Protection against all forms of workplace harassment and abuse is "very high" on the list of priorities for workers negotiating a new collective agreement with the N.W.T. government, says the president of the Union of Northern Workers.

"We're looking at better protection for our members in the work environment," said Todd Parsons.

The UNW represents nearly 4,000 territorial government workers — almost one fifth of the people working in the N.W.T. — in negotiations with the government.

The union wants the definition of harassment to be broadened to include "bullying... verbal comments, actions and gestures which affect an employee's dignity or psychological or physical integrity."  

The union also wants to protect workers from workplace violence and what it calls "abuses of authority — intimidation, threats, blackmail and coercion."

"Abuse of authority occurs when an individual uses the power and authority inherent in his/her position to endanger an employee's job, undermines the employee's ability to do that job, [or] threatens the economic livelihood of that employee…" states the union's proposal.

A membership proposal

Parsons said the proposal comes "from our rank-and-file members" after a year of debate about what issues should take center stage at the negotiating table.

"They rank the priority of those proposals, so this was a membership proposal. It was very high."

The union is also asking for a mediator to help settle grievances about harassment or abuse of authority.

The current collective agreement does not specify the need for a mediator.

Shaleen Woodward, the lead negotiator for the N.W.T. government, said the government welcomes the discussion about harassment.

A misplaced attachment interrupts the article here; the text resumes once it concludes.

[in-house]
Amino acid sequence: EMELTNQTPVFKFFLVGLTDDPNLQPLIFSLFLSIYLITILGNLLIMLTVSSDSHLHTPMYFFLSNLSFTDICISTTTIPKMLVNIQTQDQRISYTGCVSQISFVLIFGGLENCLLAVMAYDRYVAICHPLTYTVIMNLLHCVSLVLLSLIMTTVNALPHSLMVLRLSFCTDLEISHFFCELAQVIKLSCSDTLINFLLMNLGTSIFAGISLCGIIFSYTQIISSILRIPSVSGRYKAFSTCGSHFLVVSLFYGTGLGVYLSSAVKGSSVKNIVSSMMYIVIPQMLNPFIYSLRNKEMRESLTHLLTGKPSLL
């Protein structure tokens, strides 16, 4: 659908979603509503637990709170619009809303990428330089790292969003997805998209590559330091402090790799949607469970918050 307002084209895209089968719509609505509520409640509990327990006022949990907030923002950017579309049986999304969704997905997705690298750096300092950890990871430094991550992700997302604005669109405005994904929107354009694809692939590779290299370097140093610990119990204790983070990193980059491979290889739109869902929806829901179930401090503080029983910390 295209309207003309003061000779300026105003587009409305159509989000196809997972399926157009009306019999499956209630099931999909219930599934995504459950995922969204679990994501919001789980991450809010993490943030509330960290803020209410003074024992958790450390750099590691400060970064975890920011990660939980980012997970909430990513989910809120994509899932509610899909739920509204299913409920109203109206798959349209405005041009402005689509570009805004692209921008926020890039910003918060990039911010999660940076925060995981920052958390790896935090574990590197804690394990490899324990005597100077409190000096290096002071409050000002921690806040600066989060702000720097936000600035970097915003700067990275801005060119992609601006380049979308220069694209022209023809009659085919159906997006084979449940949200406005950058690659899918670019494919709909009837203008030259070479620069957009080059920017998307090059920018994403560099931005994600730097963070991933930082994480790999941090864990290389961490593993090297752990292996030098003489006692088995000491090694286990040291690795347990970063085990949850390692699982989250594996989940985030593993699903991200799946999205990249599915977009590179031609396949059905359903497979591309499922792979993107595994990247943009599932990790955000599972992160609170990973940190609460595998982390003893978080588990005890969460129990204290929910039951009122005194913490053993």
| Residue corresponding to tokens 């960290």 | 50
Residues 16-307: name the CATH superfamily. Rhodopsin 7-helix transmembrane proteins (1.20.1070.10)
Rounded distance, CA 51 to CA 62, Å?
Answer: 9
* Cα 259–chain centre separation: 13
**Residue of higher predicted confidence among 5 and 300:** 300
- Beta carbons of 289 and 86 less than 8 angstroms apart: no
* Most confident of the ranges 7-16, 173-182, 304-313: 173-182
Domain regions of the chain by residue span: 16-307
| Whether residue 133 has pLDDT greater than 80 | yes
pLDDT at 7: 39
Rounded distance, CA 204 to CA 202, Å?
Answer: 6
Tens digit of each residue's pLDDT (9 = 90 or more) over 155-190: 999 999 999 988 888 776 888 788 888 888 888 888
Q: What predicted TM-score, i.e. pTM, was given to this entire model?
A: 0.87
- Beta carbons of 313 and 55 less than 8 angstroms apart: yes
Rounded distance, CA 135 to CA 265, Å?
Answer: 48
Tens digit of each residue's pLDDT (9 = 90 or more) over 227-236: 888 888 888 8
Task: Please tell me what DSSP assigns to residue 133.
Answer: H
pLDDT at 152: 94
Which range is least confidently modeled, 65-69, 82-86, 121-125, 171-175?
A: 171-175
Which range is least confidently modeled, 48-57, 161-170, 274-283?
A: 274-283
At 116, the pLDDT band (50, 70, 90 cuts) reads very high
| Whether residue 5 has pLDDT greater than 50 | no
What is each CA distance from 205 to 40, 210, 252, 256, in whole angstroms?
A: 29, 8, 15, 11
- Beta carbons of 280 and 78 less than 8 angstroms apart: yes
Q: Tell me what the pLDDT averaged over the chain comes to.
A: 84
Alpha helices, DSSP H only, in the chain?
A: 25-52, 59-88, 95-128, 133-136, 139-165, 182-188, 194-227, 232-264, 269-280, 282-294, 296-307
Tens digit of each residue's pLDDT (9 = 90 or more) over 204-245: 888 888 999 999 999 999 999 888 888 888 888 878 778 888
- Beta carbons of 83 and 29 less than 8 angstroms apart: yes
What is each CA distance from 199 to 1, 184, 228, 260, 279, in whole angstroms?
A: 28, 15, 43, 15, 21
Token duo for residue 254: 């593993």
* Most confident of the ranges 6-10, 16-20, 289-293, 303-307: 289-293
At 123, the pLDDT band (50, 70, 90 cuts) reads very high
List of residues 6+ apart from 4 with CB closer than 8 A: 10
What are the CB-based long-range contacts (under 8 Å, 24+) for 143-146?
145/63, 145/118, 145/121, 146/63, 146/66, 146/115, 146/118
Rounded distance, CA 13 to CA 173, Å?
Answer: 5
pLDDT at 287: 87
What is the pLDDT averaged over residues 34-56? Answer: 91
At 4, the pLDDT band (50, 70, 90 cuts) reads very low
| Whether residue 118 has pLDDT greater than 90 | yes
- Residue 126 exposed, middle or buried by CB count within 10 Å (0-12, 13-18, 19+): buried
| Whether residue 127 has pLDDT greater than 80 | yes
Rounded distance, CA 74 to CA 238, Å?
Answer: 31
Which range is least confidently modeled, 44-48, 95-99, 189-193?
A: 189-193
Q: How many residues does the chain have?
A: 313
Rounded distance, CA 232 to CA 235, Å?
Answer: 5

"For us it's a very helpful discussion: understanding what the issues are, where they come from and then us trying to talk about how we can resolve them together," said Woodward.

In 2014, 80 per cent of workers said they were treated respectfully at work, compared to 77.6 per cent in 2012, according to the government's latest survey on worker satisfaction. The government did not ask workers that question during previous surveys in 2010 and 2011.

Stigma around mental health issues

The union also wants a committee formed to help reduce and eliminate "the stigma in the workplace that is too frequently associated with mental health issues."

That same committee would help identify "tools...to support employees facing these challenges."

"It's at the forefront of a lot of the membership's thoughts," said Parsons.

"Union and our membership want [it] addressed so that in the event they're faced with mental health issues, they have some plans and some understanding of what they can expect from their union and their employer."

The current collective agreement does not include a section about mental health.

Contract negotiations are not expected to resume until March 29.

Woodward said each side needs time to evaluate the other side's positions.

Both Parsons and Woodward did add, however, that aligning the schedules of the 15 people around the negotiation table — 11 from union, four from the territorial government —  has proved challenging.